The family of notorious Colombian druglord, Pablo Escobar, is selling clothing branded with his name and image.
(This story is based on a radio interview. Listen to the full interview.)
And they're doing pretty well.
Earlier this month, the family even tried to secure a trademark of Pablo Escobar's name, his image, and even his fingerprints.
But the Colombian authorities angrily rejected the application, with one official saying it would be like going to Germany and asking to trademark the name of Hitler.
Escobar is alleged to be responsible for the deaths of thousands until he was himself killed 20 years ago in a gunfight with Colombian security forces.
The clothes are selling well across Latin America and even here in the United States.
But they are not for sale in Colombia, "out of respect for the victims," according to Escobar's son, who now goes by the name Sebastian Marroquin.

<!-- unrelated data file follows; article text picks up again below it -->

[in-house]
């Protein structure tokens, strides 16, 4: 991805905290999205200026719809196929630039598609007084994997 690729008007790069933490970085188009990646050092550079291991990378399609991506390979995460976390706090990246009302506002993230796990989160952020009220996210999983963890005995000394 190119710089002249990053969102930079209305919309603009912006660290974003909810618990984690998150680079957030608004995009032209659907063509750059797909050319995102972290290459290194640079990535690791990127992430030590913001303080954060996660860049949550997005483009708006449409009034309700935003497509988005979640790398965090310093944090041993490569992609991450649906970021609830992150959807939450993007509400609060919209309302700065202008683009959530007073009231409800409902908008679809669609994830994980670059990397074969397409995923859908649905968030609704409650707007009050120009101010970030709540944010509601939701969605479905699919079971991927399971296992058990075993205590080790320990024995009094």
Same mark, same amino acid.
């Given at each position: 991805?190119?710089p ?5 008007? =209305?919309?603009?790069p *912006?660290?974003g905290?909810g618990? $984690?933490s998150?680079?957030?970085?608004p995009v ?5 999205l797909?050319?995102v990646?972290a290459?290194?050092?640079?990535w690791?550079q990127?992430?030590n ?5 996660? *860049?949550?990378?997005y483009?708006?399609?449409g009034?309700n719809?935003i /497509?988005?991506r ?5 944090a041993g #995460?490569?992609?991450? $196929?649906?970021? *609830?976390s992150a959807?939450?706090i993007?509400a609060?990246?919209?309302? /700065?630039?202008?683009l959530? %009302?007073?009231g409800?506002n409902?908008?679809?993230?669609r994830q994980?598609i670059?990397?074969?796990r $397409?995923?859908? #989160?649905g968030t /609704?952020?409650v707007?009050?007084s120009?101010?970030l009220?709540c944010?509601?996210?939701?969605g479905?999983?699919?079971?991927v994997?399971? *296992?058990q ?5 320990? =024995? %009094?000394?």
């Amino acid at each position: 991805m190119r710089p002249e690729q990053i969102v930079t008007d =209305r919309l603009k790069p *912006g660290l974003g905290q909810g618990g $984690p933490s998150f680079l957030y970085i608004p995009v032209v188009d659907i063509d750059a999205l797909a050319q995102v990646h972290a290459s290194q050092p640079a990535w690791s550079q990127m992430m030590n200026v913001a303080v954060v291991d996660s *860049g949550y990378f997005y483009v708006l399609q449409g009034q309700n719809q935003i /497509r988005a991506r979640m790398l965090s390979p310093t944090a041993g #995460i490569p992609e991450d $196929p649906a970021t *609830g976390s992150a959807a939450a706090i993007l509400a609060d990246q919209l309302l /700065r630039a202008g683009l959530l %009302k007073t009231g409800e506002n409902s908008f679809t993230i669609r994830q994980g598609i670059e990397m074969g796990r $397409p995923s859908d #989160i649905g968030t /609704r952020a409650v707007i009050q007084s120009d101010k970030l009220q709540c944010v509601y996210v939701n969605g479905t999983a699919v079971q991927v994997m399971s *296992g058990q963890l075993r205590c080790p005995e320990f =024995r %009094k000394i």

Marroquin says the clothes are "banners of peace," that he says will teach people about the crimes of his father, and hopefully will prevent people making the same mistakes.
Maria Assaf is a Colombian-Canadian journalist who's been digging into the story for the Canadian paper, the National Post.
She says outside of Escobar's home turf in the poorer areas of Medellin, he is still hated in Colombia. And his name reviled.